And working in Beijing gives him a little space to breathe. “It’s distracting,” he says of my natural interest in finding out who did what. “I want the illusion of a fully formed object without seeing the mechanisms going on behind the curtain. That’s show business.”
He knows show business. VH1 commissioned a series of Wiley portraits of rap greats like Ice T for its 2005 Hip-Hop Honors. He worked with Puma to design shoes for the South Africa World Cup, the first such event held in Africa. And in 2009 he painted a commissioned portrait of Michael Jackson clad in armor atop a white horse, the King of Pop made literal. He and Jackson worked for months on the look and feel of the portrait. “We were talking about Rubens, and he wanted to know if it was late or early Rubens I was referencing.”
The spectacle is always carefully staged, particularly with “the boys,” which can sell for more than $100,000. “There are certain ground rules,” says Wiley. Eight to ten paintings per show. Men, usually. Street casting: Wiley goes out with a team to recruit young men as models. Back in the studio, they leaf through art-history books, and the subject gets to decide which old-style work he wants to be portrayed as. He poses for photos, and the photos become templates for full-size paintings, which Wiley produces with his assistants in New York, Dakar, and Beijing.
Or not. In many cases, Wiley acknowledges, none of that official process—the street casting, the selection of poses from art books, the painting based on those poses—happens at all. “The clothing, sometimes completely made up,” he says. “The models themselves, brought in from a fashion agency.” And in at least one case, the “boy” is in fact a girl. “Oftentimes, if there’s a show of ten paintings, four of them will be complete frauds.”
Wiley likes to keep his intentions ambiguous, comparing himself to the two-faced Nigerian trickster god Eshu. Does the decision to paint an anonymous black man (or Ice T) posing like Napoleon constitute an act of social justice that gives African-Americans their rightful place in the Western pantheon? Yes. Is it a mockery of the pantheon itself and anyone who would wish to be in or buy into it? That too. “As an artist and a student of history,” he says, “you have to be at once critical and complicit, to take a stance that says, ‘Yes, I’m in love with this magic, this way of painting, but damn it’s fucked up.’ ”
By embracing contradiction rather than running from it—by toggling between insider and outsider, art-history party-crasher and homage-payer, Serious Artist and practical jokester—Wiley has broadened his potential audience to include … everyone. (Everyone, that is, who doesn’t see the work as “dead and mechanical,” as the Times put it, or isn’t uncomfortable with his “market-friendliness,” as Artforum put it.) His paintings appeal to buyers interested in interrogating the social construct of portraiture, those who think it’s hilarious to put black dudes in do-rags on horses carrying scepters, and those who just miss the grand scale of history painting. Perhaps that explains his popularity beyond the Chelsea whirlpool: In addition to top collectors like Mera and Donald Rubell, Wiley counts Elton John, Lance Armstrong, Venus Williams, and Neil Patrick Harris among his buyers. Wiley isn’t merely many things to many people. He’s whatever you want him to be. Even if all you want is a big, badass military-style portrait to hang next to your gold records.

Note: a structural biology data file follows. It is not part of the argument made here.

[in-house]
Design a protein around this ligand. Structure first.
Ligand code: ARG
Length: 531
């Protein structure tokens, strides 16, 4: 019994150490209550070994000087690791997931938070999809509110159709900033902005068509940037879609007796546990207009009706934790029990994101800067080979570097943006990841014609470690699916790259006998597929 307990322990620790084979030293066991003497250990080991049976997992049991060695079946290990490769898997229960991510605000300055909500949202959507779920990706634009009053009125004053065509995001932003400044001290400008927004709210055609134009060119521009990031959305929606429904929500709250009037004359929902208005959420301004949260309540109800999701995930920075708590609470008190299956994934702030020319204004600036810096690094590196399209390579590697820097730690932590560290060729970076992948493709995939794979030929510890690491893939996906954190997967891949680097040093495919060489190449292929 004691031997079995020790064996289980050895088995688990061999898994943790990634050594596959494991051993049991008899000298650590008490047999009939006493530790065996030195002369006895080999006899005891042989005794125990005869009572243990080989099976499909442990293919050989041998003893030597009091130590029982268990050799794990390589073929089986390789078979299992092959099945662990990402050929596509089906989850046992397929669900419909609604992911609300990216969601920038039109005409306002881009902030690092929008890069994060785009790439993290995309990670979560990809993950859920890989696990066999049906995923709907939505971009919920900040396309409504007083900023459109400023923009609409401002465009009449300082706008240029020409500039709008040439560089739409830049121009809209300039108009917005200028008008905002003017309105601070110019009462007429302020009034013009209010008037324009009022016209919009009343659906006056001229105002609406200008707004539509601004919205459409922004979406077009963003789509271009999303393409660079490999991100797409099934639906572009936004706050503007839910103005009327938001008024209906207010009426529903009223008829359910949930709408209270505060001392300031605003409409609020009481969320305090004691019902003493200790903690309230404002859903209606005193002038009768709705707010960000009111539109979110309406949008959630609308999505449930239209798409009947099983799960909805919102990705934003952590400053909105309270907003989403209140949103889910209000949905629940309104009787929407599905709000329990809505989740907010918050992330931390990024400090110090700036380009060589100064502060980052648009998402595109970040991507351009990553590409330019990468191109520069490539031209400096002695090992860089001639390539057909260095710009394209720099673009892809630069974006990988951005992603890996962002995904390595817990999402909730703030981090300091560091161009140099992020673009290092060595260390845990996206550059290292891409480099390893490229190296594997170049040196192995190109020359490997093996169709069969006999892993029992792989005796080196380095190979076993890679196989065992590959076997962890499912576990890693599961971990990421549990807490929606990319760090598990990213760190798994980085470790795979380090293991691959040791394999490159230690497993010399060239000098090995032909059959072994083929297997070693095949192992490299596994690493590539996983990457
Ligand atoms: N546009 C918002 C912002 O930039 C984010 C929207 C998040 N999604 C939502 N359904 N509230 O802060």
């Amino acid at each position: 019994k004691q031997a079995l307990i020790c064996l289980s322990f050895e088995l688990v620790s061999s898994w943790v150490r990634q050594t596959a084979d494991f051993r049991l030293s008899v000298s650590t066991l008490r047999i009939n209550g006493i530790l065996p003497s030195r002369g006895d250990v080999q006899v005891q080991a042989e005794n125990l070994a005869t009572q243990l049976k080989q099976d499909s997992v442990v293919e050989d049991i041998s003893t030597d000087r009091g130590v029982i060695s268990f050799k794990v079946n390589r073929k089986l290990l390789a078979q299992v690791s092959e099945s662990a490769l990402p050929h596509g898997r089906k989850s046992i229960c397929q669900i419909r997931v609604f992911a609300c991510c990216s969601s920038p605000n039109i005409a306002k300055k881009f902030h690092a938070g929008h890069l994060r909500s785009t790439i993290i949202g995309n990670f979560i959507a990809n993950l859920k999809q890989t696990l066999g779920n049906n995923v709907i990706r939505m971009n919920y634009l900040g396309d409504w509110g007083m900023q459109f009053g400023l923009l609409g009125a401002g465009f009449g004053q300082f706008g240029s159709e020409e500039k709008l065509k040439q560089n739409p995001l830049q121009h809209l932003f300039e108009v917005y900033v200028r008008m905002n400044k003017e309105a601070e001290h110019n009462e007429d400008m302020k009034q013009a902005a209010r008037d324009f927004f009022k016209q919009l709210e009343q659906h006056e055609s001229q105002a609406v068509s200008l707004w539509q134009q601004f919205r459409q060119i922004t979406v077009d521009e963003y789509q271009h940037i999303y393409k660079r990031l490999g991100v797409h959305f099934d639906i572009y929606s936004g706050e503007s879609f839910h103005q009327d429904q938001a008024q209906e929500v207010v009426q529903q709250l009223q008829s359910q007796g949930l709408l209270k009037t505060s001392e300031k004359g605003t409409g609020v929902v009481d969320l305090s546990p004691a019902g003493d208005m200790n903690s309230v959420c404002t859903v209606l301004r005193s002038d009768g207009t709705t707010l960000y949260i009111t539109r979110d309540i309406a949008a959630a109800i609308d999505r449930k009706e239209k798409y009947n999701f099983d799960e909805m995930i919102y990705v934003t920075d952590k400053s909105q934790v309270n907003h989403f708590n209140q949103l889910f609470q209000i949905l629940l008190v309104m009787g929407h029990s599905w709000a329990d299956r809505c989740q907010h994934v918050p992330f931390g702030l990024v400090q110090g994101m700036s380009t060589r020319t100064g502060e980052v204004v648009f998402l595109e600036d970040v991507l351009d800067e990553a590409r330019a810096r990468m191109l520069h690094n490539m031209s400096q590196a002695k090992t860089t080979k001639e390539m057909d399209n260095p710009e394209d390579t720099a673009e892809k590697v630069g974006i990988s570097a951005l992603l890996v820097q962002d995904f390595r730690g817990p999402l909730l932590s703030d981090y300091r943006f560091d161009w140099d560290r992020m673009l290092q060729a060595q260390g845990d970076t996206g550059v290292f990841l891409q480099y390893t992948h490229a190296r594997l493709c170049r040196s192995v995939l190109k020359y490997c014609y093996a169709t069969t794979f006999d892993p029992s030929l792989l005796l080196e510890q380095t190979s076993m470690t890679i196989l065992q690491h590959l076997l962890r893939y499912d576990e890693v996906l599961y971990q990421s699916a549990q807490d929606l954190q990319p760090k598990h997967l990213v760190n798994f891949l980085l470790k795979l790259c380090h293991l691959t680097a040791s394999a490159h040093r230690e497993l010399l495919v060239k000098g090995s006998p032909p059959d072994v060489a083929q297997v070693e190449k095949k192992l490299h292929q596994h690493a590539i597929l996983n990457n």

Of course, ambiguity is itself a stance, as he knows. “Painting does more than just point to things,” Wiley says. “The very act of pointing is a value statement.” He crosses his arms, pointing in opposite directions. “I’m just doing this sometimes.”
Wiley always knew he would be an artist. “I never had to choose,” he says. “It’s the only thing I’ve ever been any good at.”
We’re sitting in an impossibly fancy Mediterranean restaurant in Sanlitun Village, a commercial development in Beijing that barely existed four years ago. He’s wearing a dinner jacket and sampling an extensive cheese plate (trying to, at least—he’s lactose intolerant). “I love that you sense growth around you all the time, whether it be fashion or architecture or art or politics,” he says of living in China. “There’s still a sense of malleability.”
Wiley grew up in South Central Los Angeles, the fifth of six children raised by a single mother on welfare putting herself through grad school in linguistics. “I grew up in this weird, educationally elite but economically impoverished environment,” says Wiley. “Total Oprah story.”
When he was 11, his mom sent him and his fraternal (“Thank God—we’ve got enough issues as it is”) twin brother Taiwo to after-school art classes. In those days, Taiwo was the better artist. “It would piss me off how well he could draw,” says Wiley. But Wiley enjoyed it more and stuck with it.